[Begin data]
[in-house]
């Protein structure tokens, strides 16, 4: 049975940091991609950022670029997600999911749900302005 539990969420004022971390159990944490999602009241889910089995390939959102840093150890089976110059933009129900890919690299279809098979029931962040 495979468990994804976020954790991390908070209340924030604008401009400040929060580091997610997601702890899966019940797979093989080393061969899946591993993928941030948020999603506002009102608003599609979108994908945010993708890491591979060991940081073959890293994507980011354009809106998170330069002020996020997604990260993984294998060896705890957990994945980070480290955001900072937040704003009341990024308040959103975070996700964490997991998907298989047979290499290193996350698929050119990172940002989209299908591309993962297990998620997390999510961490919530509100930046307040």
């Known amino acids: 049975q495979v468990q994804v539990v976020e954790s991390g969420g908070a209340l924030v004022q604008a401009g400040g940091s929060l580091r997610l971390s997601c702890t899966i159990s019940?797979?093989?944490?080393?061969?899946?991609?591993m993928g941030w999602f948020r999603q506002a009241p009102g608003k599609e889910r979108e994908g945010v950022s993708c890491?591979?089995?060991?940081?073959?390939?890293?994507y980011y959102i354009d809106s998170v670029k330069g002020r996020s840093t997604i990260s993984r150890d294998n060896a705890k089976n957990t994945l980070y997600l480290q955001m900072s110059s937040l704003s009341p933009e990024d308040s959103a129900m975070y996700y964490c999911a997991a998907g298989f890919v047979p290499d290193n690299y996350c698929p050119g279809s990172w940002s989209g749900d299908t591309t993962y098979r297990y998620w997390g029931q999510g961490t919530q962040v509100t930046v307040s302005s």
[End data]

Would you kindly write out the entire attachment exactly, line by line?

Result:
[in-house]
């Protein structure tokens, strides 16, 4: 049975940091991609950022670029997600999911749900302005 539990969420004022971390159990944490999602009241889910089995390939959102840093150890089976110059933009129900890919690299279809098979029931962040 495979468990994804976020954790991390908070209340924030604008401009400040929060580091997610997601702890899966019940797979093989080393061969899946591993993928941030948020999603506002009102608003599609979108994908945010993708890491591979060991940081073959890293994507980011354009809106998170330069002020996020997604990260993984294998060896705890957990994945980070480290955001900072937040704003009341990024308040959103975070996700964490997991998907298989047979290499290193996350698929050119990172940002989209299908591309993962297990998620997390999510961490919530509100930046307040």
């Known amino acids: 049975q495979v468990q994804v539990v976020e954790s991390g969420g908070a209340l924030v004022q604008a401009g400040g940091s929060l580091r997610l971390s997601c702890t899966i159990s019940?797979?093989?944490?080393?061969?899946?991609?591993m993928g941030w999602f948020r999603q506002a009241p009102g608003k599609e889910r979108e994908g945010v950022s993708c890491?591979?089995?060991?940081?073959?390939?890293?994507y980011y959102i354009d809106s998170v670029k330069g002020r996020s840093t997604i990260s993984r150890d294998n060896a705890k089976n957990t994945l980070y997600l480290q955001m900072s110059s937040l704003s009341p933009e990024d308040s959103a129900m975070y996700y964490c999911a997991a998907g298989f890919v047979p290499d290193n690299y996350c698929p050119g279809s990172w940002s989209g749900d299908t591309t993962y098979r297990y998620w997390g029931q999510g961490t919530q962040v509100t930046v307040s302005s």